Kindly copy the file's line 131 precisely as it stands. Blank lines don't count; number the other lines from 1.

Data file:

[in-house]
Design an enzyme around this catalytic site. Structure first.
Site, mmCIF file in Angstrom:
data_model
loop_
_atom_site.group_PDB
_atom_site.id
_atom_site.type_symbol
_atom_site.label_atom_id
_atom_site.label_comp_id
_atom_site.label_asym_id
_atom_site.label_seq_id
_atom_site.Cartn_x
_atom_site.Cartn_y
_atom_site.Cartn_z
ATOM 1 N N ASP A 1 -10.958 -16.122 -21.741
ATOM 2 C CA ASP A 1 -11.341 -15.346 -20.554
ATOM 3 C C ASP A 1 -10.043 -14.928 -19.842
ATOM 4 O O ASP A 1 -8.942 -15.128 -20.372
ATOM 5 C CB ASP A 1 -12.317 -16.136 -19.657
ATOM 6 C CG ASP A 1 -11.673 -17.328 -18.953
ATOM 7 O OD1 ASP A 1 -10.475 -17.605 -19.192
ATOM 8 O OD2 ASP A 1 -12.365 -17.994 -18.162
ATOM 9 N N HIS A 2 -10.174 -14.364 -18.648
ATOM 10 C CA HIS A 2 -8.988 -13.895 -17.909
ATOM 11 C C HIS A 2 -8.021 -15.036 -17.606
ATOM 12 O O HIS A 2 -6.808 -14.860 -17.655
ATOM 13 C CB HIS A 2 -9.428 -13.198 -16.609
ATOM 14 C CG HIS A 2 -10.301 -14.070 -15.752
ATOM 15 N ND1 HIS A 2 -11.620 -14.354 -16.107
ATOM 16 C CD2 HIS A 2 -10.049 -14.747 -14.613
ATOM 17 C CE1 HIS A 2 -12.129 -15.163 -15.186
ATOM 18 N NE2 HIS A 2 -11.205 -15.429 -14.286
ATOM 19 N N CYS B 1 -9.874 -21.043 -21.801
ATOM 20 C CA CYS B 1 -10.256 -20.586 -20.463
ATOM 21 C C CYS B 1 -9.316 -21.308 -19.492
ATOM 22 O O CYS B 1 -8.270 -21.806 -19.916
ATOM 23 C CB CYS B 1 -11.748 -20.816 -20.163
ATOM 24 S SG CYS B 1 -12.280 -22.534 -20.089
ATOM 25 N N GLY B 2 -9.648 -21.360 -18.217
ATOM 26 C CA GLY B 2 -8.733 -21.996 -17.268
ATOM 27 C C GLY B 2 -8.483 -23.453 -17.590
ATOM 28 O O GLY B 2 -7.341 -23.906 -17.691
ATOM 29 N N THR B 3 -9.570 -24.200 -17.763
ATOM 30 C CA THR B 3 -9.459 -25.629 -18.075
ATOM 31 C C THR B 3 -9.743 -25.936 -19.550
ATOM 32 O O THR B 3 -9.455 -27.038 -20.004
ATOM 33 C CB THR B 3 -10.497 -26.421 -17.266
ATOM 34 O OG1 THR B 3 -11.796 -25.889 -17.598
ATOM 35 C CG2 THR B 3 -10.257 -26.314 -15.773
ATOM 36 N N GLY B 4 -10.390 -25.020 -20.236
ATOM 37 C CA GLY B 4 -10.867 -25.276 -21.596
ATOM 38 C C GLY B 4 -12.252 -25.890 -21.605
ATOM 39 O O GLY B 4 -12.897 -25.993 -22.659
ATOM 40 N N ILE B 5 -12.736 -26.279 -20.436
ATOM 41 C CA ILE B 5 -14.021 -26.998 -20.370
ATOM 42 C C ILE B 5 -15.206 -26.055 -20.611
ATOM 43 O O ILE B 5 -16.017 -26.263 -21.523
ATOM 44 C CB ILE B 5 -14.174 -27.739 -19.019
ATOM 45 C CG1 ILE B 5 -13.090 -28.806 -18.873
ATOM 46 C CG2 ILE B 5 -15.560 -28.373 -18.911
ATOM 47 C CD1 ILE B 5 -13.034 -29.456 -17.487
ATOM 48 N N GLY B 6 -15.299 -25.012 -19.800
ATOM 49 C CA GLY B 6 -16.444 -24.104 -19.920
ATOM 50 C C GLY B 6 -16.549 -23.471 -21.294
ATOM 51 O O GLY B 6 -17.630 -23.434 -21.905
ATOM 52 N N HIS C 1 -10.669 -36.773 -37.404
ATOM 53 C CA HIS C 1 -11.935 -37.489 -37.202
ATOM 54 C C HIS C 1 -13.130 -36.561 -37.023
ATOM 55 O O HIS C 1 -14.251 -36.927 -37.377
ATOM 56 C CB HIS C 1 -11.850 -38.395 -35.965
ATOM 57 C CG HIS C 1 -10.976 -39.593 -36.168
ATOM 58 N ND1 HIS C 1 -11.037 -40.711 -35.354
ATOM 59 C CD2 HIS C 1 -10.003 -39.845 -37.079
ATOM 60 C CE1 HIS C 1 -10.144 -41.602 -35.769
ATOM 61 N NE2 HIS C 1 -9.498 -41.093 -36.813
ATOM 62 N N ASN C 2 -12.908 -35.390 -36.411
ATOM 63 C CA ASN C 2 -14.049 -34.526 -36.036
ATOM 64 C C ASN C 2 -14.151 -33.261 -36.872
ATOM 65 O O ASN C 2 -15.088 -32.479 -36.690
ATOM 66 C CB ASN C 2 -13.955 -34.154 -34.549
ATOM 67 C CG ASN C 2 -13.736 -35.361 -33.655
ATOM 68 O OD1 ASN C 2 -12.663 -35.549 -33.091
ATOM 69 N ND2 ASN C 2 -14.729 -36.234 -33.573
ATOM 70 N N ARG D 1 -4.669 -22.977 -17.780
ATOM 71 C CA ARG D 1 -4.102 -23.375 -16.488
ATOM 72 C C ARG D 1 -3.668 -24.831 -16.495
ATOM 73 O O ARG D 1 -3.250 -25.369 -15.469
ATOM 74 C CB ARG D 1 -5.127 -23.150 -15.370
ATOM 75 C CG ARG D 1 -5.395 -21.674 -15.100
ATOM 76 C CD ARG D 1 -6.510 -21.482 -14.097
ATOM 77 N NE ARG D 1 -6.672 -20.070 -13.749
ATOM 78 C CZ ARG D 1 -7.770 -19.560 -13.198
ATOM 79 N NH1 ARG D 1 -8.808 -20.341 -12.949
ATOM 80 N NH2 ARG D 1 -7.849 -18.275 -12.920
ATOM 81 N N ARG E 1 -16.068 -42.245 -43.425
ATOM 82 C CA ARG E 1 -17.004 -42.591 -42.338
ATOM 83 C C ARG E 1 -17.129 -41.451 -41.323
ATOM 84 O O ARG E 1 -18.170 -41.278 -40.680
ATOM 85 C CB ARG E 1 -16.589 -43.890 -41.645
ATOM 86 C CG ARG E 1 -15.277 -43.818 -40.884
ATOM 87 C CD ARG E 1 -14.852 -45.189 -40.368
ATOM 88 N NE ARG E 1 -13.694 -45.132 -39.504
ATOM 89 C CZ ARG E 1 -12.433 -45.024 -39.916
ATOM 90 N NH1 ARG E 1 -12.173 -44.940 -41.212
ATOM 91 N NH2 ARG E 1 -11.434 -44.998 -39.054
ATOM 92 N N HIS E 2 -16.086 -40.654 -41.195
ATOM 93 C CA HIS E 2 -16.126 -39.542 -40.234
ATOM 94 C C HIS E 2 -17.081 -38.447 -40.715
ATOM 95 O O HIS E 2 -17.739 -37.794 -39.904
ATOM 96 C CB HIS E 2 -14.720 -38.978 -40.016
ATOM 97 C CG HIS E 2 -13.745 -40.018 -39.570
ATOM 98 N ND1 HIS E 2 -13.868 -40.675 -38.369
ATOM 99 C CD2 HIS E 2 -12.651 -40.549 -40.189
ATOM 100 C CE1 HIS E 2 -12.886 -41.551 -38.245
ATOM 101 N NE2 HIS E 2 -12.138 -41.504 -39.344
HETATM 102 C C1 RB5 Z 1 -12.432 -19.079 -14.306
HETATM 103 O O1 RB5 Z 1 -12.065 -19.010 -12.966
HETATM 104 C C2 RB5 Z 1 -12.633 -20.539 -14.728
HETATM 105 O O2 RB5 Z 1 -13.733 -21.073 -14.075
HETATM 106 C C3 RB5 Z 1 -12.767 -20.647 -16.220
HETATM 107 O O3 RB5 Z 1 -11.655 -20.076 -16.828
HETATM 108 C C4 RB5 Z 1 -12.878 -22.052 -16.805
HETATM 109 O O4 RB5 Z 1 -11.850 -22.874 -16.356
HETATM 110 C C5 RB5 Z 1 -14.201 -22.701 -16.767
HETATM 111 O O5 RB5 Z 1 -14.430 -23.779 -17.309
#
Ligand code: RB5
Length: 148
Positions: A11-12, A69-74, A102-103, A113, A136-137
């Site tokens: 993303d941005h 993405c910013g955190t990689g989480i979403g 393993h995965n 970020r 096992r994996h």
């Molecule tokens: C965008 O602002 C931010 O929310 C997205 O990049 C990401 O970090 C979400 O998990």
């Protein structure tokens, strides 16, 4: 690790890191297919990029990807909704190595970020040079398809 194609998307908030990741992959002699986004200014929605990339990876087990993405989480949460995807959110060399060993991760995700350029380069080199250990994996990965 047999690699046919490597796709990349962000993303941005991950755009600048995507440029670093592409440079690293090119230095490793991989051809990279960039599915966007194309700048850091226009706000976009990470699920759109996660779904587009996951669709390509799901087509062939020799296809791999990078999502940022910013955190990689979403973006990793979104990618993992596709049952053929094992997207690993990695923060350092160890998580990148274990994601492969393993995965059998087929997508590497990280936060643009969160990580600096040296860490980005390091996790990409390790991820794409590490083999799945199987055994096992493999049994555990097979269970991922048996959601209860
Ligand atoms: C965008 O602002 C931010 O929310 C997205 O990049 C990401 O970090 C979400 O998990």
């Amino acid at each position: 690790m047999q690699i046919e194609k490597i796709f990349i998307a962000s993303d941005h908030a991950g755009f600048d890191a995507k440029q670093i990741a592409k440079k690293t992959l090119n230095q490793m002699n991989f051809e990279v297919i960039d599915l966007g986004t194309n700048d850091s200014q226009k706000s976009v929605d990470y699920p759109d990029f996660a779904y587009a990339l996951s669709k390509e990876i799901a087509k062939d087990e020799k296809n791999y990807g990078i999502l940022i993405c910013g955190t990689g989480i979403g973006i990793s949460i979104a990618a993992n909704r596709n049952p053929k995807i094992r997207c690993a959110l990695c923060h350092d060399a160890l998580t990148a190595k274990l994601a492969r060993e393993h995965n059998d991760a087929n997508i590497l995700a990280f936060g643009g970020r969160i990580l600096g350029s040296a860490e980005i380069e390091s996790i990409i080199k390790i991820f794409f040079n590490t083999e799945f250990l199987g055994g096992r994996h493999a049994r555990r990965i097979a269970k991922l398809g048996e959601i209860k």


């Site tokens: 993303d941005h 993405c910013g955190t990689g989480i979403g 393993h995965n 970020r 096992r994996h």